Dinesh Dutt was the guest speaker in the second Leaf-and-Spine Fabric Design session. After I explained how you can use ARP/ND information to build a layer-3-only data center fabric that still support IP address mobility Dinesh described the details of Cumulus Linux redistribute ARP functionality and demoed how it works in a live data center.
Got this comment to one of my L2-over-VXLAN blog posts:
I found the Avaya SPBM solution "right on the money" to build that L2+ fabric. Would you deploy Avaya SPBM?
Interestingly, I got that same question during one of the ExpertExpress engagements and here’s what I told that customer:
My Network Automation in Enterprise Environments blog post generated the expected responses, including:
Some of the environments I am looking at have around 2000-3000 devices and 6-7 vendors for various functions and 15-20 different device platform from those vendors. I am trying to understand what all environments can Ansible scale up to and what would be an ideal environment enterprises should be looking at more enterprise grade automation/orchestration platforms while keeping in mind that platform allows extensibility.
Luckily I didn’t have to write a response – one of the readers did an excellent job:
My friend Robert Turnšek published an interesting blog post pondering whether it makes sense to become a cloud provider.
I loved reading it, particularly the Trap for System Integrators part, because I know a bit of the history, and could easily identify two or three failed or stalled projects per paragraph (like: “Just adding some blade servers and storage to the existing server environment won’t make you a cloud provider”). Hope you’ll have as much fun as I did.
One of my readers was watching the Building Active-Active Data Centers webinar and sent me this question:
I'm wondering if you have additional info on how to address the ingress traffic flow issue? The egress is well explained but the ingress issue wasn't as well explained.
There’s a reason for that: there’s no good answer.
A few weeks ago Matt Oswalt wrote an interesting blog post on principles of automation, and we quickly agreed it’s a nice starting point for a podcast episode.
Cisco VIRL is the ideal testing environment when you want to test your Ansible playbooks with various Cisco network operating systems (IOS, IOS XE, NX-OS or IOS XR). The “only” gotcha: how do you reach those devices from the outside world?
It was always possible to reach the management interface of devices running with VIRL, and it got even simpler with VIRL release 1.2.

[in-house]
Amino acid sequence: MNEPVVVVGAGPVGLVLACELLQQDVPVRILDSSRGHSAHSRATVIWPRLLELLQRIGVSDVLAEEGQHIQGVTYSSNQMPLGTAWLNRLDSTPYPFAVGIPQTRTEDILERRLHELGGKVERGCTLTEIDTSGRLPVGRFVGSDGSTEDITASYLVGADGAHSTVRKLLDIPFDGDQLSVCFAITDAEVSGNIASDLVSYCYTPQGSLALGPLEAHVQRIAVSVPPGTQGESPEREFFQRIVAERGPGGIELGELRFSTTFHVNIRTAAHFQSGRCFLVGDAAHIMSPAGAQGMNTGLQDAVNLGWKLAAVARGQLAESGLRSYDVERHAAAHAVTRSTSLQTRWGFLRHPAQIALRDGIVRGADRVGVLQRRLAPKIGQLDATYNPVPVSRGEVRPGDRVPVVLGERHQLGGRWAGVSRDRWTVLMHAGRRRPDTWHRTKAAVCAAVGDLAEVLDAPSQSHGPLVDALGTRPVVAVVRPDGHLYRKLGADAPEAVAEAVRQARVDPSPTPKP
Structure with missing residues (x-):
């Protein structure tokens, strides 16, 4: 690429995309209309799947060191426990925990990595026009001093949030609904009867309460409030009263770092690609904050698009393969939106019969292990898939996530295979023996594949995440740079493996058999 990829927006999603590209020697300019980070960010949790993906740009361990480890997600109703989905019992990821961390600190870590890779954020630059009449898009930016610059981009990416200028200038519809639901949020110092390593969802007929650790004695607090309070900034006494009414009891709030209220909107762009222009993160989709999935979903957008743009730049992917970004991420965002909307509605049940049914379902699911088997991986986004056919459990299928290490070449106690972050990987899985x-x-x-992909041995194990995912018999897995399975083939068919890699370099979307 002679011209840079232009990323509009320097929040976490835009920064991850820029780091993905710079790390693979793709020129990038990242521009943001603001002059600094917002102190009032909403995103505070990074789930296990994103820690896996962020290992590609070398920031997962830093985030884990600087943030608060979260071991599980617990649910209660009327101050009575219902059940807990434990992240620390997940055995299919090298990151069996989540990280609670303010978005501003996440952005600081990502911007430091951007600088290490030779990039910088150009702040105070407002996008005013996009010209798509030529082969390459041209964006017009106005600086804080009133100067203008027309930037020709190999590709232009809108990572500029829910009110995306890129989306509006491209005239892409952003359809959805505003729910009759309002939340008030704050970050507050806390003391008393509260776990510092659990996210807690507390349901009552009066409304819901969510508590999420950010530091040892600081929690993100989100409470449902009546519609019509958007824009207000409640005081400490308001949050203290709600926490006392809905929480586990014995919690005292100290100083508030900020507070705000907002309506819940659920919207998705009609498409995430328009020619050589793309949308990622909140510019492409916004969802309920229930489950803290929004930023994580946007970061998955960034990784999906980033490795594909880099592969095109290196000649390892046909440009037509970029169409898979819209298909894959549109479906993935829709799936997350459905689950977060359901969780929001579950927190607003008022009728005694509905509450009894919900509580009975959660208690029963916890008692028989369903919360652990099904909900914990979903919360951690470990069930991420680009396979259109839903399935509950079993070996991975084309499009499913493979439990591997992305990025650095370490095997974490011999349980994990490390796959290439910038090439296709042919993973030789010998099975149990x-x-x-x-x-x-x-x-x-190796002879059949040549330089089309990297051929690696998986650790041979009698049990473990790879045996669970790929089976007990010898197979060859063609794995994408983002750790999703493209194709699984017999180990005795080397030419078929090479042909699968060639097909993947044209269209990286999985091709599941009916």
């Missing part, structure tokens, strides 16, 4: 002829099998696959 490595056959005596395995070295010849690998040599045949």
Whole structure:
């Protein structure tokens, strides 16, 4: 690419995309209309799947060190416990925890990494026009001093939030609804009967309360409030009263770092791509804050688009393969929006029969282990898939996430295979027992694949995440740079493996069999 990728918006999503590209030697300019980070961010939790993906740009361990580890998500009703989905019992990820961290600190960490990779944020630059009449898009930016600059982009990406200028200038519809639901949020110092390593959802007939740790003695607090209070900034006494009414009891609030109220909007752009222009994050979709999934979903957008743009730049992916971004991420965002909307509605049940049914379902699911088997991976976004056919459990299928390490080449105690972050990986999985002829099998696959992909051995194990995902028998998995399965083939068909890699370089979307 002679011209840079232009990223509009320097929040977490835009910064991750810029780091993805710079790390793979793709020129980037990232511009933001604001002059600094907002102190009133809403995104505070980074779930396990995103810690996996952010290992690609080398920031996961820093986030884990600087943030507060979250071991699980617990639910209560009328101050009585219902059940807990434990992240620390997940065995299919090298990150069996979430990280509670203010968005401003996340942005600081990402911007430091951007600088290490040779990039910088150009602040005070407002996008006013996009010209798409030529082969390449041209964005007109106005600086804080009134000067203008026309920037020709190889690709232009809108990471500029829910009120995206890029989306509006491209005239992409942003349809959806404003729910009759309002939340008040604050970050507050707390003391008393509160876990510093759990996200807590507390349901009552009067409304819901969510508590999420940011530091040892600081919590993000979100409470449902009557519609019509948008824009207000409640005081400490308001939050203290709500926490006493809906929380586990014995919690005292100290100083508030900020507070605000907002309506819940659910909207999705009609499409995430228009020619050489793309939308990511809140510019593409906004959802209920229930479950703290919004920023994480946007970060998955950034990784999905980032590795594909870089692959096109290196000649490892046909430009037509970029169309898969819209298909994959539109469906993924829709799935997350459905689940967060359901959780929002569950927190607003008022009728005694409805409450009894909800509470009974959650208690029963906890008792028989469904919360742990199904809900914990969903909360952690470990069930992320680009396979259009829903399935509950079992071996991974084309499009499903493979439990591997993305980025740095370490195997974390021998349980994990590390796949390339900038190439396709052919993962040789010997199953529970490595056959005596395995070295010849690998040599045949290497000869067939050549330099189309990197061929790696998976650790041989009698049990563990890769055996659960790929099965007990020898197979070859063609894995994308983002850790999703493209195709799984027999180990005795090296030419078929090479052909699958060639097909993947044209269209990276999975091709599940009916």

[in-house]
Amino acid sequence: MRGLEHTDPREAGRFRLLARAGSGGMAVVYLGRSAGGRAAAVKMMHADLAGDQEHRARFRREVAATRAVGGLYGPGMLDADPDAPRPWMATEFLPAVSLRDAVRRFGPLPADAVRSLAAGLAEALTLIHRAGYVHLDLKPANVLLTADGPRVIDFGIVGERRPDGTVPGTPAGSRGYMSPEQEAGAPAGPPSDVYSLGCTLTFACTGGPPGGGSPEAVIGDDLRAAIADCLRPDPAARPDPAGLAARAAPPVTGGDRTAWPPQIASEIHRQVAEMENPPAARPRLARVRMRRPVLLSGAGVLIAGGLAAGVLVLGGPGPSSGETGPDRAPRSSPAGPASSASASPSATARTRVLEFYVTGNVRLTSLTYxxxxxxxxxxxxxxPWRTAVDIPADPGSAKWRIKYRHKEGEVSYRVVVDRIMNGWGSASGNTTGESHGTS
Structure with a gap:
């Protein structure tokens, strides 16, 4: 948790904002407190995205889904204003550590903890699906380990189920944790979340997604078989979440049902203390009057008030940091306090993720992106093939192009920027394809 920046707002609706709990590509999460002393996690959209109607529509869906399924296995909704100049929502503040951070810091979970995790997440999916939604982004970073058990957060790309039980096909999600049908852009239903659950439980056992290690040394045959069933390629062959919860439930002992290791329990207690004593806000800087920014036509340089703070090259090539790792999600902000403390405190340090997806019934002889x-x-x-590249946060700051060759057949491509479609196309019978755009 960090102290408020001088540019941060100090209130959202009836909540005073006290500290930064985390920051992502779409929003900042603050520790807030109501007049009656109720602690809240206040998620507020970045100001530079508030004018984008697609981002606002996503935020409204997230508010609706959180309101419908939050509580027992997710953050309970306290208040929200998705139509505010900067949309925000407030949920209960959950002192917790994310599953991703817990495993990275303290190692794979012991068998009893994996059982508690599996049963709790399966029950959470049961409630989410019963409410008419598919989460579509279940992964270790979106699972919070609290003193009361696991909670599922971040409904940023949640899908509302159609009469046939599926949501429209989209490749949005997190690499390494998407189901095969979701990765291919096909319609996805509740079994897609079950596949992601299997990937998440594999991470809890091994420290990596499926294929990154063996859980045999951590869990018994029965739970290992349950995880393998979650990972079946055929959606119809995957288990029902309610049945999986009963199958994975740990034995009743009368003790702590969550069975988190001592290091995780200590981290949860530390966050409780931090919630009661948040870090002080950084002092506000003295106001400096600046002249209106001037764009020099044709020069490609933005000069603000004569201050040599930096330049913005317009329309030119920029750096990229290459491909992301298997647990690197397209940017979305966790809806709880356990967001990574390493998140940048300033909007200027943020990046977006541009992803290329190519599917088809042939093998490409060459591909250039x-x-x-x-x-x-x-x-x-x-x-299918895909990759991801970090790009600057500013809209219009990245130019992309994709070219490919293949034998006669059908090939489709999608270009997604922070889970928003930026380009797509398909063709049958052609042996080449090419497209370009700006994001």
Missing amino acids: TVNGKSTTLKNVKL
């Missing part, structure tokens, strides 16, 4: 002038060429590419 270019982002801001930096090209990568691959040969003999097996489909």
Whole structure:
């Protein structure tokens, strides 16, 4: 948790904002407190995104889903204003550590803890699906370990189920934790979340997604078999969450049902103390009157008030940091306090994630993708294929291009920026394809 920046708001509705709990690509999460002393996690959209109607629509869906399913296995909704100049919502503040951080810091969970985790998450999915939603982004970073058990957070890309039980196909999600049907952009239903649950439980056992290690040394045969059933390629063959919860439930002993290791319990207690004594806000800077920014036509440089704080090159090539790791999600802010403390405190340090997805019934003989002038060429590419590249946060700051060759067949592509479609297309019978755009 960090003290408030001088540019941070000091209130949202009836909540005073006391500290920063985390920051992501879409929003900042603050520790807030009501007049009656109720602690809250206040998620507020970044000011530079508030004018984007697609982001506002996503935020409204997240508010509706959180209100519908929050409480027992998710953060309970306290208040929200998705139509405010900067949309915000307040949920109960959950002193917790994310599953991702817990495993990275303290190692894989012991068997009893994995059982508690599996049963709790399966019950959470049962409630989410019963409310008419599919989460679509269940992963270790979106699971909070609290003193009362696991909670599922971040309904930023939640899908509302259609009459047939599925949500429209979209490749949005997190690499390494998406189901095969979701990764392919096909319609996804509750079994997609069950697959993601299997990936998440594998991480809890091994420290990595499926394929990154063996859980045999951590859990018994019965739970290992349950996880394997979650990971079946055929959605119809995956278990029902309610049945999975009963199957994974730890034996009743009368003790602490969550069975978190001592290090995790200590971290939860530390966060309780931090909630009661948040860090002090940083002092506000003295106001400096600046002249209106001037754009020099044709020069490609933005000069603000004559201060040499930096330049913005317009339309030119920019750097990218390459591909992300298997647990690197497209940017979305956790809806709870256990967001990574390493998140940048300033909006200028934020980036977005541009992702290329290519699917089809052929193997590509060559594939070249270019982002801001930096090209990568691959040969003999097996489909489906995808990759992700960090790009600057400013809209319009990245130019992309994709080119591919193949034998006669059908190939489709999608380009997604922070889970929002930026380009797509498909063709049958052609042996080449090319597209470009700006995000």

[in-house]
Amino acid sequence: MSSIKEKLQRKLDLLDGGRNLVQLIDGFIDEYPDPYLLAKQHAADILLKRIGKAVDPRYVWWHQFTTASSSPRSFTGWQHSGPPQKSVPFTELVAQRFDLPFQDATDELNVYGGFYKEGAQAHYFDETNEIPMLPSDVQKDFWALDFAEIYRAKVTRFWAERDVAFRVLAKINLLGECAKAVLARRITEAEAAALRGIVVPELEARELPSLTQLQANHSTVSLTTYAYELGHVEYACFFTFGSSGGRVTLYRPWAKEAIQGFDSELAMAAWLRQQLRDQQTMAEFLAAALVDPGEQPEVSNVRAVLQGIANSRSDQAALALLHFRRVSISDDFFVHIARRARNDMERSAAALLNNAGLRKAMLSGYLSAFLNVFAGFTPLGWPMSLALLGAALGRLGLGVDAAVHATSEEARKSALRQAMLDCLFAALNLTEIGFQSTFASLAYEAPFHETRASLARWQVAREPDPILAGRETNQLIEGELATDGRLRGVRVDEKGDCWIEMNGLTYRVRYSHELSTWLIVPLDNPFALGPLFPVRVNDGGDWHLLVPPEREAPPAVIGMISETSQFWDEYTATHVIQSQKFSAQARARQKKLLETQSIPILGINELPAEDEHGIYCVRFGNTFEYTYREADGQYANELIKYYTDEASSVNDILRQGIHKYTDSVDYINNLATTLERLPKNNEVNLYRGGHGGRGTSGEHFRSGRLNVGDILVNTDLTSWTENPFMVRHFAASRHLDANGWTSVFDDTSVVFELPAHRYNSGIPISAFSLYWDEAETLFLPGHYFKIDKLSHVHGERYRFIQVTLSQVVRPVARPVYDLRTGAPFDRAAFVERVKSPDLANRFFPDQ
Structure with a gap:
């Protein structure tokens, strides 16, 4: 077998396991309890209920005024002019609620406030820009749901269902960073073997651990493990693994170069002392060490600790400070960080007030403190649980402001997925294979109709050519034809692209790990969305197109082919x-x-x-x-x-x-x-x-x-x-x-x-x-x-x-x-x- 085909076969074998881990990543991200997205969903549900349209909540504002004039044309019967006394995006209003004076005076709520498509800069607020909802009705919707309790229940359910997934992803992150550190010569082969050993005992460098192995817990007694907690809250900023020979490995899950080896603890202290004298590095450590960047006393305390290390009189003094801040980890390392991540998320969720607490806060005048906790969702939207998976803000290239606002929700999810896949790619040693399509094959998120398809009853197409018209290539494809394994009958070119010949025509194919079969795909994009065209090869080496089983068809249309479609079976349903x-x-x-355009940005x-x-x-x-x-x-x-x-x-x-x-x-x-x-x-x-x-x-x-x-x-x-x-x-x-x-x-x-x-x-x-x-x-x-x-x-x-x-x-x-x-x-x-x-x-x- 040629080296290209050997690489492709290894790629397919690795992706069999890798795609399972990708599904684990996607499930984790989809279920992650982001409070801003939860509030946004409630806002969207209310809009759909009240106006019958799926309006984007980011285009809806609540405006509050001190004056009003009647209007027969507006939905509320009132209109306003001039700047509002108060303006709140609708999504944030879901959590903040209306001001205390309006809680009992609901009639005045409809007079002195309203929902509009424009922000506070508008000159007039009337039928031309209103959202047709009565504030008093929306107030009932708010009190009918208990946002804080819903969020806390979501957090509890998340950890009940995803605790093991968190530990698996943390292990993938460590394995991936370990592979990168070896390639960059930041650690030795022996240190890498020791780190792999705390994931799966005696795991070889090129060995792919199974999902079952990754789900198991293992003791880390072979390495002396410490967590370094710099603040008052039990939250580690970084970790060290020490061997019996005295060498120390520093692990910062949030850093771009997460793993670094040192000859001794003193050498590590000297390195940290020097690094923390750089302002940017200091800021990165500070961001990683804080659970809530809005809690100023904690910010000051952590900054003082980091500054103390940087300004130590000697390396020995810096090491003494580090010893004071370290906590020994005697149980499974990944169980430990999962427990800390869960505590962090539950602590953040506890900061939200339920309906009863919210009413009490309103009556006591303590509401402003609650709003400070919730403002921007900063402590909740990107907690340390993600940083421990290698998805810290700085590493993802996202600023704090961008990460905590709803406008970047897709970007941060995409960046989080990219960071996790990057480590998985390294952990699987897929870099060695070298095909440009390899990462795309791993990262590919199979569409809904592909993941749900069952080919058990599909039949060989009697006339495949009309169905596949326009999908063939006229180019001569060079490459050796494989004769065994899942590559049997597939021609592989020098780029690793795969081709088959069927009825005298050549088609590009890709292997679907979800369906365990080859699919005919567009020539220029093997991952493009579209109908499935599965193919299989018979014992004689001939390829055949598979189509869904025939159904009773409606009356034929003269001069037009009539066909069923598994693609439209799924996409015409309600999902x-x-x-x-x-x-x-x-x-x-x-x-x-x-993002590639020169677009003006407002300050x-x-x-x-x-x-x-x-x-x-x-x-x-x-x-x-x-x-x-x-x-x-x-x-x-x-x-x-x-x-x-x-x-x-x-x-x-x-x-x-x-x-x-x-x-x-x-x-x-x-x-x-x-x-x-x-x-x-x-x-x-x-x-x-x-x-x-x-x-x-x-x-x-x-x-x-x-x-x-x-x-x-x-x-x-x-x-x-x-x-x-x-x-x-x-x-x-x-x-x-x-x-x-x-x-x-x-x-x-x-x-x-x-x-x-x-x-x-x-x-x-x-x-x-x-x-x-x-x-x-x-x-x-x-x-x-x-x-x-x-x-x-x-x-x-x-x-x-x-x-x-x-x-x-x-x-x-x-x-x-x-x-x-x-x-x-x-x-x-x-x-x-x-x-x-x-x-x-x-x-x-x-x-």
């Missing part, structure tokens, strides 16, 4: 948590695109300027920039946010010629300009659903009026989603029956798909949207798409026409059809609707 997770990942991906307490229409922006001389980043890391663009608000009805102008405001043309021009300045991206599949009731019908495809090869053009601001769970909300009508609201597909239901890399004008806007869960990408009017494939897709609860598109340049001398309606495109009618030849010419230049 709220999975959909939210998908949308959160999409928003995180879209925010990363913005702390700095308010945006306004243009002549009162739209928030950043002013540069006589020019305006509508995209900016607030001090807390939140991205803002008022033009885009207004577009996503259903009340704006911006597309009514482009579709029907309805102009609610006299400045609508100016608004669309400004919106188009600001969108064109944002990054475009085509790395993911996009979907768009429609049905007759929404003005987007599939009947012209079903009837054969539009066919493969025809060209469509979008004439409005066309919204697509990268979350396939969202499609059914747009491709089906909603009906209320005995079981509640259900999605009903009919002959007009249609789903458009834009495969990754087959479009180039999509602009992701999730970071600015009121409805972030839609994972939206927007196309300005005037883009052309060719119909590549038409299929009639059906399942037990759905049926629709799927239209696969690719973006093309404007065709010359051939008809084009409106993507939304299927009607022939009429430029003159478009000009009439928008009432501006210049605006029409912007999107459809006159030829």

Russ White wrote a great blog post about our failure to predict the future. The part I love most:
If the definition of insanity is doing the same things over and over again, each time expecting different results, what does that say about the world of network engineering?
I just met up with DELL guys for Big Switch SDN. They claim there is no routing running on leaf switches, the BCF is purely OpenFlow.
Like with the Next-Generation Data Center course, the live sessions in the Building Network Automation Solutions course include guest speakers, Q&A discussions, and solutions to sample challenges that you’ll be able to use to complete your homework assignments.
The guest speakers for the January 2016 course include:
Does Cisco ACI use VXLAN inside the fabric or is something else used instead of VXLAN?
ACI uses VXLAN but not in a way that would be (AFAIK) interoperable with any non-Cisco product. While they do use some proprietary tagging bits, the real challenge is the control plane.
One of my readers wondered whether it makes sense to attend my Building Network Automation Solution course even if they plan to deploy a $Vendor platform.
It depends, this time on how fast and how far you want to proceed with network automation.
Another great blog post by Russ White: DNS is part of the TCP/IP stack, get used to it.
You might also want to tell application developers hard-coding IP addresses or anyone else believing in using /etc/hosts files instead of DNS that those things stopped being sexy around 1980.
A while ago I wrote:
I haven’t seen any hard data, but intuition suggests that apart from hardware failures a standalone firewall might be more stable than a state-sharing firewall cluster.
Guillaume Sachot (working for a web hosting company) sent me his first-hand experience on this topic:
During our summer team-building podcast we agreed it would be fun to record a few episodes along the “how do I become a programmer” theme and figured out that Elisa Jasinska would be a perfect first candidate.
A few weeks ago we finally got together and started our chat with campfire stories remembering how we got started with networking and programming.